The Telecommunications Industry Group (TIG), which represents the interests of network operators, could gain a number of new members when the government’s broadband initiative rolls out across New Zealand.
TIG CEO Rob Spray says the local fibre companies that will partner with the government’s rollout in the regions could “certainly” join the industry group. Originally there were to have been 25 regions covered, but this has been expanded.
As some local fibre companies may also cover more than one region, and some will likely be existing telecommunications operators, the exact number of new players remains uncertain.
Asked whether Crown Fibre Holdings, the company that will lead the government’s broadband investment, could join, Spray says he would have to refer that to the board. Spray has been TIG’s first CEO for four months now. He says there are a number of project under way that he is not prepared to go public on as yet. However, the launch of TIG’s event, Planet 2010, is the highest profile-raising move by the group to date.
Spray says Planet 2010 is “the industry reaching out to the public to engage, educate and enthuse on the latest technology and solutions”.
“My board are all in agreement that what we need, and haven’t had for many years, is an event that celebrates and represents the telecommunications industry to New Zealand business and the public broadly,” he says.
He describes the two-day show as “an expo on a grand scale”, featuring technology, applications and solutions, as well as consumer electronics, IT and computing, media and telecommunications.
Last week, TIG announced it had secured astronaut Buzz Aldrin, the second man to step on the moon, as a speaker to launch both days of the event.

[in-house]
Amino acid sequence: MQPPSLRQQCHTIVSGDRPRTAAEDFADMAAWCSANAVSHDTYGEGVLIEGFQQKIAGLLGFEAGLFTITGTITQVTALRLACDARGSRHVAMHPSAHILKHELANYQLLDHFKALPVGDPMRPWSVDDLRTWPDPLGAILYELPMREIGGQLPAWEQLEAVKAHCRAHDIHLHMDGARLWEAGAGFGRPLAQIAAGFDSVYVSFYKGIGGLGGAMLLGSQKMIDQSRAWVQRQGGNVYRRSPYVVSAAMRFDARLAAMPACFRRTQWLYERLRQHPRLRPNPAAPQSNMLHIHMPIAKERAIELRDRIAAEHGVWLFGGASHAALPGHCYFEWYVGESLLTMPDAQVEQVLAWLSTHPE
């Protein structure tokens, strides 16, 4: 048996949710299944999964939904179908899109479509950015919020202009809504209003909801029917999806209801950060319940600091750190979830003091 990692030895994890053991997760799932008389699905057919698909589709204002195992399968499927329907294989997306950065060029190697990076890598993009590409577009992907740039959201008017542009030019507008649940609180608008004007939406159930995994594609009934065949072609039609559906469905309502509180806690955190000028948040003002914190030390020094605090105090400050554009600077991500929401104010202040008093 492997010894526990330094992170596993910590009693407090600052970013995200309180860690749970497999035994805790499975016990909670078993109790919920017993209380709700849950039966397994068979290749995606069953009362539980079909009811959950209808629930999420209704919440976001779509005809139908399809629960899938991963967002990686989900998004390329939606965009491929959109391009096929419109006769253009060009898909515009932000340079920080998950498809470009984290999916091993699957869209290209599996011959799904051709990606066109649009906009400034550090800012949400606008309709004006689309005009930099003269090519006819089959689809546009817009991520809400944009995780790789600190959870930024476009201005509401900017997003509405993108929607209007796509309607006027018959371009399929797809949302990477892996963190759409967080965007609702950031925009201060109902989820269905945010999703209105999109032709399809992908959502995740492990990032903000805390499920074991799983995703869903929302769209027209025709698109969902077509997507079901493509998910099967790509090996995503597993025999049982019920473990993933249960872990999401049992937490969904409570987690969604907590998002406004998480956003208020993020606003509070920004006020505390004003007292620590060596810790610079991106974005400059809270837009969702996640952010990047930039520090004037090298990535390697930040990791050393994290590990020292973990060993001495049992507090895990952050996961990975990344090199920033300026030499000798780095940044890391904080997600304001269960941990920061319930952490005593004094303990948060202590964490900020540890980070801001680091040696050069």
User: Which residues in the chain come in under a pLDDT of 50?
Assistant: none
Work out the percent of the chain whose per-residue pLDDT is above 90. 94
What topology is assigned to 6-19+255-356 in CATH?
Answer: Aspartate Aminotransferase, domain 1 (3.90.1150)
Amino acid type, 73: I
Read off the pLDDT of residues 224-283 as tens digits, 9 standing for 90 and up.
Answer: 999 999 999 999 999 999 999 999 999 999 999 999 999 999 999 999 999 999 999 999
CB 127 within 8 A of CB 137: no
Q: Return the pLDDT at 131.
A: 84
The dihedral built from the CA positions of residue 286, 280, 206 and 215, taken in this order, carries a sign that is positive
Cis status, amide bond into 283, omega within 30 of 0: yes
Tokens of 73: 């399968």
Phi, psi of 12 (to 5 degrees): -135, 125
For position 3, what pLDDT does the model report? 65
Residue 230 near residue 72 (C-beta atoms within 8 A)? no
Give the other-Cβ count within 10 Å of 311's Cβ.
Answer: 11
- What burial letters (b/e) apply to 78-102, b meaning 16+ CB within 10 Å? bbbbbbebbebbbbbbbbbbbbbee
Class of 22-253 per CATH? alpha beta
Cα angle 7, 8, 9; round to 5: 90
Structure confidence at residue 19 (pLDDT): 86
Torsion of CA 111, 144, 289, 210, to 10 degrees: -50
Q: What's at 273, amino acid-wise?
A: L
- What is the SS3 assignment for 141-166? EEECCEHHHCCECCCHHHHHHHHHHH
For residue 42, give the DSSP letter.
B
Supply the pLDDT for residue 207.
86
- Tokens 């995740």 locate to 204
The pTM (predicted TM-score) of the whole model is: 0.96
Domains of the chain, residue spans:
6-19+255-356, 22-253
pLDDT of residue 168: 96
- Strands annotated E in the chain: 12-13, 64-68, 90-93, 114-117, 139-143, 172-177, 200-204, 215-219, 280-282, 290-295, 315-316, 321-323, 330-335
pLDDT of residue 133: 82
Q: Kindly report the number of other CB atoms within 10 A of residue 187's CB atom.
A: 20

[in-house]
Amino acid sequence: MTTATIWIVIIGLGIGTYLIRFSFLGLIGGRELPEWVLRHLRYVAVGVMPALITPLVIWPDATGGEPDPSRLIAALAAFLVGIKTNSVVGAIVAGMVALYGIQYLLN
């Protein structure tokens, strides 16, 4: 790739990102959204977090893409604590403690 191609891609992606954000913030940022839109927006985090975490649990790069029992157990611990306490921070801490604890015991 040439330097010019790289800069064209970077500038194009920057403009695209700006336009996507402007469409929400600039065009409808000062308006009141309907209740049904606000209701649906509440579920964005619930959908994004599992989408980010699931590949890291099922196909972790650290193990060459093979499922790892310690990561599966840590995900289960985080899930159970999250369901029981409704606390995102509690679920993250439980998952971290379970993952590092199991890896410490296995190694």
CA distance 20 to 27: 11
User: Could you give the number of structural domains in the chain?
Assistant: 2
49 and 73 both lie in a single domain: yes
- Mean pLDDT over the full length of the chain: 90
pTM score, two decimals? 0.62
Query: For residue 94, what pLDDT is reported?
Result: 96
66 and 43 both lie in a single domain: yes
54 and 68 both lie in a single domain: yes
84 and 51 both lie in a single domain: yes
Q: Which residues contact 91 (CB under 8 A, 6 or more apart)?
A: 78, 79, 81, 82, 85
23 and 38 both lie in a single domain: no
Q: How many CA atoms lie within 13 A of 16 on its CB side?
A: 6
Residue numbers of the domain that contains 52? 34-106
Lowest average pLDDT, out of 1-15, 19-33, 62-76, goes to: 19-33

Spray says users have a huge role to play in TIG – as customers.
“Without users and customers our industry would not exist and a key purpose of TIG is to promote the industry. We already have significant engagement with a number of stakeholder groups, but need to expand on this,” he says.
“Currently, we do not see users or customers becoming members as this group is about the network operators and service providers, and we want to remain focused on what we as a group need to do.”
Spray reiterated that TIG would like to have TelstraClear as a member, after that company gave the group a cold shoulder at its launch.
He says TIG’s role in the formulation of government’s broadband policy has been low key so far.
“I think the government had made up their minds on what they wanted and the main principles before TIG was formed. TIG may have more of an impact as the local fibre companies are created and the industry starts to use what has been created through the Ultra Fast Broadband Initiative,” he says.
“Also, as TIG starts to promote telecommunications in New Zealand and grow demand for advanced services, this will have a significant impact on the evolution of the industry in this country.”
Most people don’t realise how much our industry invests each year in New Zealand, he says — over $1 billion per year — or how much telecommunications has increased productivity, with one-third of productivity improvements due to telecommunications.